[i]f essentially the total leadership of a group is targeted, it could also amount to genocide. Such leadership includes political and administrative leaders, religious leaders, academics and intellectuals, business leaders and others – the totality per se may be a strong indication of genocide regardless of the actual numbers killed. A corroborating argument will be the fate of the rest of the group. The character of the attack on the leadership must be viewed in the context of the fate or what happened to the rest of the group. If a group has its leadership exterminated, and at the same time or in the wake of that, has a relatively large number of the members of the group killed or subjected to other heinous acts, for example deported on a large scale or forced to flee, the cluster of violations ought to be considered in its entirety in order to interpret the provisions of the Convention in a spirit consistent with its purpose.[6]

263. The Appeals Chamber finds no legal error in the Trial Chamber’s statement that the selective targeting of leading figures of a community may amount to genocide and may be indicative of genocidal intent.[7] The Appeals Chamber is not persuaded that the commission of genocide through the targeted killings of only the leaders of a group suggests that the leaders of the group are subject to special, stronger protection than the other members of the group, as Tolimir suggests. Recognising that genocide may be committed through the killings of only certain prominent members of the group “selected for the impact that their disappearance would have on the survival of the group as such”[8] aims at ensuring that the protective scope of the crime of genocide encompasses the entire group, not just its leaders. […]

264. […] For a finding of genocide it suffices that the leaders were “selected for the impact that their disappearance would have on the survival of the group as such”.[9] Genocide may be committed even if not all leaders of a group are killed – even though targeting “the totality [of the leadership] per se may be a strong indication of genocide regardless of the actual numbers killed”.[10]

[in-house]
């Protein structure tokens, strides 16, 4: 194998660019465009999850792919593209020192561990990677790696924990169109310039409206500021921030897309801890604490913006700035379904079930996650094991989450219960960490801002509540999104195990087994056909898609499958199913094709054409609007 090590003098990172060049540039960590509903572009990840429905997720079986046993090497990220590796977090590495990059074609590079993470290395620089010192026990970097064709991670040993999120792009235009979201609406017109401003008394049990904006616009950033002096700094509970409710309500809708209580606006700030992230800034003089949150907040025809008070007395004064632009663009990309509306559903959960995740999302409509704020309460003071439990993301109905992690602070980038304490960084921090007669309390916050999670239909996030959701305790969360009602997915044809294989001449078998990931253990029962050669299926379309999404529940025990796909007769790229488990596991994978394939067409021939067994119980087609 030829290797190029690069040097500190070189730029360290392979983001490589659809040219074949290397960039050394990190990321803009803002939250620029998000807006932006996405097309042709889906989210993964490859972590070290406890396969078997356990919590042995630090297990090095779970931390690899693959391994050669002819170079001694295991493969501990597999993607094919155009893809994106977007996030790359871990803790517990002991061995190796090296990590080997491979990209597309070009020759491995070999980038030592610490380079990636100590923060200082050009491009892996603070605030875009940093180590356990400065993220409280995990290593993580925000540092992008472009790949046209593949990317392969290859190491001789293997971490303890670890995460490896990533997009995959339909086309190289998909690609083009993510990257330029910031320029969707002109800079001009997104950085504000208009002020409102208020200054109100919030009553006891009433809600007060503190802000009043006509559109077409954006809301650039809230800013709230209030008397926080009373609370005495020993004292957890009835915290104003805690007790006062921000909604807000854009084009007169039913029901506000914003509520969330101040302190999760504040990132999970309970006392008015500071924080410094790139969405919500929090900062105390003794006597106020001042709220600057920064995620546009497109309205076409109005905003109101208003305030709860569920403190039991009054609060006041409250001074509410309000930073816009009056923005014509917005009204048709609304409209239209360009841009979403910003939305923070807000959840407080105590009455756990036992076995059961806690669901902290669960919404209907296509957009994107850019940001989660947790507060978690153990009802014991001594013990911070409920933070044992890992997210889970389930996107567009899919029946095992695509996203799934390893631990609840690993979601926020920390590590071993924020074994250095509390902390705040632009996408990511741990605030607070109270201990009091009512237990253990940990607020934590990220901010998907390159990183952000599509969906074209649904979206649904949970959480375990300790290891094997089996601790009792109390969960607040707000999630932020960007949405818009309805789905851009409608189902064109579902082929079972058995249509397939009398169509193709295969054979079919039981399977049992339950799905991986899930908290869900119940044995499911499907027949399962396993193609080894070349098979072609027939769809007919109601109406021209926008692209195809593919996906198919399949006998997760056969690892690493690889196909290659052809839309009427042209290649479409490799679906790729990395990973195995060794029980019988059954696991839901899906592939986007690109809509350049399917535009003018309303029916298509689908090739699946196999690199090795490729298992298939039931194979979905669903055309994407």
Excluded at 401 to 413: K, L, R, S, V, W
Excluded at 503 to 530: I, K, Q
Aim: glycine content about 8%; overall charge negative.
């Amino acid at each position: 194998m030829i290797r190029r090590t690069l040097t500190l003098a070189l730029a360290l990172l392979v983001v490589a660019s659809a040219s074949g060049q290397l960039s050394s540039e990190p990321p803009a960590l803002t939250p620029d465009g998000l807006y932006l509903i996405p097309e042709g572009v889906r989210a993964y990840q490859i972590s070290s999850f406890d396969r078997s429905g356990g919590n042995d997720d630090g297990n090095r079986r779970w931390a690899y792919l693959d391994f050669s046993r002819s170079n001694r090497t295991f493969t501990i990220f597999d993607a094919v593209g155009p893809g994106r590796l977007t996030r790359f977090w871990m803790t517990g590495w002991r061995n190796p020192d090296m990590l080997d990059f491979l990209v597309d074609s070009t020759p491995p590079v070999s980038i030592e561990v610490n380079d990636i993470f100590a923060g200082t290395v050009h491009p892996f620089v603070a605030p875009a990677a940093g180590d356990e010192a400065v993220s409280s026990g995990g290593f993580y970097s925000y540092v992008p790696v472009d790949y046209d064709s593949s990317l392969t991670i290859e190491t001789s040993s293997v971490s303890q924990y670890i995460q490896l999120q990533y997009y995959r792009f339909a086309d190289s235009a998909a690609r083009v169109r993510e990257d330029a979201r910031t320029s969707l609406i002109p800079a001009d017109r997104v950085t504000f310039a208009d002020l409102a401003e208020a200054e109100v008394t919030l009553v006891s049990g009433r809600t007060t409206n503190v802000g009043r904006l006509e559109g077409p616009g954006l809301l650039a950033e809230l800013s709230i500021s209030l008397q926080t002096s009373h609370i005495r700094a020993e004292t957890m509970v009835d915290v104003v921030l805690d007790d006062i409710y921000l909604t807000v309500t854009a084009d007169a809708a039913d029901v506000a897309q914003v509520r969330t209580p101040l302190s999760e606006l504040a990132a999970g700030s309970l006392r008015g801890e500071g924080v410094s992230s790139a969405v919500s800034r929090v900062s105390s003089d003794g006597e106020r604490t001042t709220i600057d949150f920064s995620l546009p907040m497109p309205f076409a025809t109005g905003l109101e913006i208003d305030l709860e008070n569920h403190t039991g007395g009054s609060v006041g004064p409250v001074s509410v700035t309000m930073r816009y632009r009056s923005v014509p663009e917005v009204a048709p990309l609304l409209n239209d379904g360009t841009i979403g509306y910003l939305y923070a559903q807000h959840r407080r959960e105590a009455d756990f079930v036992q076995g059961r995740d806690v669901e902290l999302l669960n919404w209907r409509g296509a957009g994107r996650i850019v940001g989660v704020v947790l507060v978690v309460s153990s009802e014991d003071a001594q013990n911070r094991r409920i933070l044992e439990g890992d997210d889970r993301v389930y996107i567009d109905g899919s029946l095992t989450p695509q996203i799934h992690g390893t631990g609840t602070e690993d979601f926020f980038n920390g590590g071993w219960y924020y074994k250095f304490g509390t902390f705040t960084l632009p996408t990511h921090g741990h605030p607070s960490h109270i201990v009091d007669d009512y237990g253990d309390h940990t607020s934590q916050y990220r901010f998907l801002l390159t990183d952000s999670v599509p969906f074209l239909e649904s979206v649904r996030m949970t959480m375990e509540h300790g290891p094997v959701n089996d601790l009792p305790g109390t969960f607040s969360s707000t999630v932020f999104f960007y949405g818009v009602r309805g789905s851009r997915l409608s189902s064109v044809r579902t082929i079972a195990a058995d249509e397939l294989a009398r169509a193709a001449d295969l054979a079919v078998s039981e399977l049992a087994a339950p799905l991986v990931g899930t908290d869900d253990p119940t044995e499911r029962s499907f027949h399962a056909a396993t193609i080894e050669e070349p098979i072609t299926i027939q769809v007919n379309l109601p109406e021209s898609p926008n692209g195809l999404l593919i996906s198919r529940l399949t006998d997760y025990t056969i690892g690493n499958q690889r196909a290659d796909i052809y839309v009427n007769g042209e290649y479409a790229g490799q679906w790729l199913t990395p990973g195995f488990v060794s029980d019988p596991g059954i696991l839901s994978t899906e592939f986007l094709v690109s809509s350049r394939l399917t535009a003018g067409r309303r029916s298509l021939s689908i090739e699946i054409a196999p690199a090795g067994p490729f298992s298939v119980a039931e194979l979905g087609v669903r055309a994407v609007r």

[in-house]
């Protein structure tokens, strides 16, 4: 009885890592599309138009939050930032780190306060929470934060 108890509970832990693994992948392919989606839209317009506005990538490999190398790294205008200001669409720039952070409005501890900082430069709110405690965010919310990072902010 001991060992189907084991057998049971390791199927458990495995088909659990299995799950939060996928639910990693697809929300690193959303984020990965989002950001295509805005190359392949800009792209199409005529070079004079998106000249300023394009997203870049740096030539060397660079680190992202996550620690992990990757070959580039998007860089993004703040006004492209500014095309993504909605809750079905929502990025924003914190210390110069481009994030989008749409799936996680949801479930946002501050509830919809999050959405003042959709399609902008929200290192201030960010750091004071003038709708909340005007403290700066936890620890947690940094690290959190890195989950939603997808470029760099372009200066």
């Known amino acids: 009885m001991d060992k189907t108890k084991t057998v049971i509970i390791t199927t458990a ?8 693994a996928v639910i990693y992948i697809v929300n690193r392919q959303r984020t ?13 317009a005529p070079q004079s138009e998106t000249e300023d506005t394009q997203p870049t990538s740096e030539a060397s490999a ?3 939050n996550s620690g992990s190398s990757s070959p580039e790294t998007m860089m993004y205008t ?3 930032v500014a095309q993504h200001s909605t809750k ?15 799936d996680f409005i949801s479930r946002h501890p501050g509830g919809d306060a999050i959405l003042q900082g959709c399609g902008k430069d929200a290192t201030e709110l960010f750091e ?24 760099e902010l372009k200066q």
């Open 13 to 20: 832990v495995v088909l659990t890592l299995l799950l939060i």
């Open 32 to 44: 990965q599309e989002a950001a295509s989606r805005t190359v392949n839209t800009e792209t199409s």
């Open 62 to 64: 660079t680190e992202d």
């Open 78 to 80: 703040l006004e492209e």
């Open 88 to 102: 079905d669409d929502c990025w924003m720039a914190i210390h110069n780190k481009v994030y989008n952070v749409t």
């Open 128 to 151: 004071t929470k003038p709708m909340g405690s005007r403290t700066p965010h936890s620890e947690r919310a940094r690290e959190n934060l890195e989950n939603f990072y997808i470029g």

265. […] The Appeals Chamber recalls that according to the Commission of Experts Report and as the Trial Chamber itself recognised, “[t]he character of the attack on the leadership must be viewed in the context of the fate or what happened to the rest of the group […] at the same time or in the wake of that” attack.[11] As the Trial Chamber found, the selective targeting of a protected group’s leadership may amount to genocide only if the leaders are selected because of “the impact that their disappearance would have on the survival of the group as such”.[12] The impact of the leaders’ disappearance may of course be assessed only after the leaders are attacked. Only by considering what happened to the rest of the protected group at the same time or in the wake of the attack on its leadership could “the impact that [the leaders’] disappearance would have on the survival of the group as such” be assessed.[13]

[…]

267. The Appeals Chamber has already established that the Trial Chamber did not err in finding that the only reasonable inference from the evidence was that the three Žepa leaders suffered a violent death at the hands of their Bosnian Serb captors.[14] However, the Trial Chamber failed to explain how their detention and killings – committed weeks after the entire Žepa population had been forcibly transferred from the enclave – had any impact “on the survival of the group as such”.[15] The Trial Chamber accepted in its conclusion that there was such an impact, but it did not consider or analyse whether or how the killings of the three Žepa leaders after the Bosnian Muslim civilian population of Žepa had been transferred to safe areas of BiH specifically affected the ability of those removed civilians to survive and reconstitute themselves as a group.[16] A finding that Žepa’s Bosnian Muslims lost three of their leaders[17] does not suffice to infer that those civilians were affected by the loss of their leaders in a way that would threaten or tend to contribute to their physical destruction as a group.

[…]

269. In this context, particularly in light of the fact that the forcible transfer operation of Žepa’s Bosnian Muslims had been completed before the three Žepa leaders were detained and killed and in the absence of any findings as to whether or how the loss of these three prominent figures affected the ability of the Bosnian Muslims from Žepa to survive in the post-transfer period, the inference of genocidal intent was not the only reasonable inference that could be drawn from the record. In the view of the Appeals Chamber, the evidence does not allow for the conclusion that the murders of the three Žepa leaders had a significant impact on the physical survival of the group as such so as to amount to genocide. There is, in sum, no sufficient evidentiary support for the finding that Hajrić, Palić, and Imamović were killed “with the specific genocidal intent of destroying part of the Bosnian Muslim population as such”.[18] […]